I'm picking up what your laying down, BK. +1000 :lol:

For the record - my firebrick are the originals and I see no need for a replacement at this time. Thats 8 yrs.
 
O

oldspark

Guest
Jags said:
Battenkiller said:
I'd stick with the original material.

Insulating fire brick (IFB) allows higher internal temps than regular hard brick. If the makers put that in the stove, I'm sure there was a design reason for doing so. IFB doesn't necessarily keep more total heat inside the stove. Insulation doesn't prevent heat from transferring, it just slows down the rate of transfer. But with higher internal temps the heat will transfer at a faster rate, so it may be the same amount of heat leaving the box to the room, just higher temps resulting in a more efficient and cleaner burn.

Please agree with me Jags, my ego needs a boost as much as yours does. %-P
I'm picking up what your laying down, BK. +1000 :lol:

For the record - my firebrick are the originals and I see no need for a replacement at this time. Thats 8 yrs.
Still have the original ones in the old Nashua 30 years old and so far the PE ones look fine-2 years in March.
 

Battenkiller

Minister of Fire
Nov 26, 2009
3,739
Just Outside the Blue Line
precaud said:
Firebrick is not supposed to "hold" heat. Its purpose is to slow the transfer of heat in order to raise temperatures within the firebox in the flame part of the cycle. After that, there is no good reason to "hold" heat in a firebrick. Once the flame dies, you'd be better off having no firebrick at all to maximize heat transfer. So the optimum firebrick has high insulation factor and low weight.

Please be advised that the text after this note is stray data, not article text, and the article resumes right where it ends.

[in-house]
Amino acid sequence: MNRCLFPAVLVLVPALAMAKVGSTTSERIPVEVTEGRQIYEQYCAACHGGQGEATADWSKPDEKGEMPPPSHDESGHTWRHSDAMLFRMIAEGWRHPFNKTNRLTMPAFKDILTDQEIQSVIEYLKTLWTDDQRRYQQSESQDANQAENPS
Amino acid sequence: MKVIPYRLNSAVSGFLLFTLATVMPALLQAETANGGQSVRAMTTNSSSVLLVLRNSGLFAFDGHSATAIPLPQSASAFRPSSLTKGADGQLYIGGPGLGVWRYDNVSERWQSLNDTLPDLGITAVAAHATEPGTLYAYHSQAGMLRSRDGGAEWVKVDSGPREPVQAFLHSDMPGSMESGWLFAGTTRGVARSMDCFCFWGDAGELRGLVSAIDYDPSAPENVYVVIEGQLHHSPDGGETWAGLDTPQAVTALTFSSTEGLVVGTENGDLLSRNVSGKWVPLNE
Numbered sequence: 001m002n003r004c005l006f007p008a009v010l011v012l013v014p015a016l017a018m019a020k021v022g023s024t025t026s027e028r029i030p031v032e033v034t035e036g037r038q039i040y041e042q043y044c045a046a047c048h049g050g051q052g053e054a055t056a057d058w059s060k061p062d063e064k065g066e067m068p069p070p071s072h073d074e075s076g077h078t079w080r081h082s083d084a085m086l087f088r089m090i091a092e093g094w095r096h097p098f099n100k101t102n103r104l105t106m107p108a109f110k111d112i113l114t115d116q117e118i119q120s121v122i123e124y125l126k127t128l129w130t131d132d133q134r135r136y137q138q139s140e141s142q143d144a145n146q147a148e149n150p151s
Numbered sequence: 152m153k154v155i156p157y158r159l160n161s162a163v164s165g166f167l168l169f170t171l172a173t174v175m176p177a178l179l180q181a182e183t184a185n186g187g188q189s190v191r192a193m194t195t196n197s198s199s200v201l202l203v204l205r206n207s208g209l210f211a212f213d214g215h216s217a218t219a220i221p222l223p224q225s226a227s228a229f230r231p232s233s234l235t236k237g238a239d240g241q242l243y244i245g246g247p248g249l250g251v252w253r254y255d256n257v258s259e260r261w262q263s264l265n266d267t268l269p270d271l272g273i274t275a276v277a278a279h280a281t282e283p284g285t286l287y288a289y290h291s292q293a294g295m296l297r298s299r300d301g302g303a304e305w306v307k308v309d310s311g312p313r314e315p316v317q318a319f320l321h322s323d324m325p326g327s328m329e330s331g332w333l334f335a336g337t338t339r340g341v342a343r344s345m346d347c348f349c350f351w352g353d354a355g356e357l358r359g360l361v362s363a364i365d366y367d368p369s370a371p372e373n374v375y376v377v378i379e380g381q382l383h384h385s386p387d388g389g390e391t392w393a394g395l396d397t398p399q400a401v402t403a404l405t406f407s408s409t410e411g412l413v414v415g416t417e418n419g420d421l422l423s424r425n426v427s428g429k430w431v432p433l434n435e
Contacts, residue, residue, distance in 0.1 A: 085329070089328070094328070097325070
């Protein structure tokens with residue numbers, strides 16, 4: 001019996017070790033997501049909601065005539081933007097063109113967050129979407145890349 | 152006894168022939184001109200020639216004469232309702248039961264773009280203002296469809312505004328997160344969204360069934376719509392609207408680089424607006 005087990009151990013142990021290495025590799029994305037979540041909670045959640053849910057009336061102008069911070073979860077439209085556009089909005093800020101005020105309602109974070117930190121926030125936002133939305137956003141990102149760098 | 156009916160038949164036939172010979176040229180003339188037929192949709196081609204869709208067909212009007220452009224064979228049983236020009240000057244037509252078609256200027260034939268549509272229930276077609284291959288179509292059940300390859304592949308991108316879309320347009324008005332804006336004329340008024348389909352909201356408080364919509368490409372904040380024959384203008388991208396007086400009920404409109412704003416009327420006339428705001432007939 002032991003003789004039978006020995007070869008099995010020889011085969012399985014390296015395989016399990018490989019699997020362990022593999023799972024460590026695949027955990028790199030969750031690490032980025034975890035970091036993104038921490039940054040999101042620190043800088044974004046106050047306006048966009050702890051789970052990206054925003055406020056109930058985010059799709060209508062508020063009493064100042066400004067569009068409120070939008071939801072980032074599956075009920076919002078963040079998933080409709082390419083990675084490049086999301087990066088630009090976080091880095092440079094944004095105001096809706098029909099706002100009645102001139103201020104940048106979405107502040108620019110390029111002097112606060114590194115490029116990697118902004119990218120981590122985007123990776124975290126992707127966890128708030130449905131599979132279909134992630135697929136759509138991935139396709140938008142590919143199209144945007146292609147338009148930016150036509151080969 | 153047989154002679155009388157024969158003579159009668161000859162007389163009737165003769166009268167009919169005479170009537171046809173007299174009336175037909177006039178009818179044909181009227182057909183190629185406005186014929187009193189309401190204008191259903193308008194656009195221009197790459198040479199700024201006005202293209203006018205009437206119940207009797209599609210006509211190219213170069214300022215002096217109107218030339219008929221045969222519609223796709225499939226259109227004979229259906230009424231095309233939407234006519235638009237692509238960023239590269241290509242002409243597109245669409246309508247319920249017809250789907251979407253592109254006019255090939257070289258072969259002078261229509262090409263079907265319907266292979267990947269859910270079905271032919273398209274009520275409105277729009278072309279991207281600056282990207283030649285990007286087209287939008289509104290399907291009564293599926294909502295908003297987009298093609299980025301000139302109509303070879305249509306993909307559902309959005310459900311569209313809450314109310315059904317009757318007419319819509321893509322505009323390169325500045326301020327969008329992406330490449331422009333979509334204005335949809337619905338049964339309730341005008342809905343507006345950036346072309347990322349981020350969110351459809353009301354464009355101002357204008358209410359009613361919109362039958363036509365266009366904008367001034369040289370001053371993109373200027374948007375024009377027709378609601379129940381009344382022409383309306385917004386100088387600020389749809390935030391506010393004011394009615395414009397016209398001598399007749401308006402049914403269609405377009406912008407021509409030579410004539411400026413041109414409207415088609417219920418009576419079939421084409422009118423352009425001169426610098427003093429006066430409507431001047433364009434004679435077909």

I respectfully disagree. The original purpose of using fireclay brick in stoves was to protect the innards of the stove, not to add insulation. At stove operating temps, ordinary fireclay brick has about the same thermal conductivity as concrete has. So, if 8" of concrete isn't considered to be an effective insulator in a basement, what possible insulating effect could 1" of fireclay brick have?

Insulating firebrick OTOH has a thermal conductivity about 10X that of fireclay brick, so it provides 10X the insulation per inch thickness. That is not a trivial difference. Both types of brick are used for different purposes in different designs. Again, I would trust my stove maker and the engineers behind the scene. Replacing fireclay brick with IFB because they are considered to be "optimum" might cause internal temps to elevate above the design parameters and cause premature failure to internal parts. Why risk that and accelerate the wear and tear on your stove, or possibly even void your warranty?

FWIW IFB is not all that expensive, just hard to find locally. Full-size bricks of K-23 (rated to 2300ºF) are about $4-5 from a kiln supplier. If you run your stove real hot and are rough with loading it, you can spend more and get a denser and more durable K-30 brick. It won't hurt the stove because these denser bricks actually have a slightly lower insulating value (but still several times higher than ordinary fireclay). IFB can be cut with a hacksaw, but if your stove requires split bricks I would find a source for them rather than wearing out your arm (and several hacksaw blades) cutting them in half.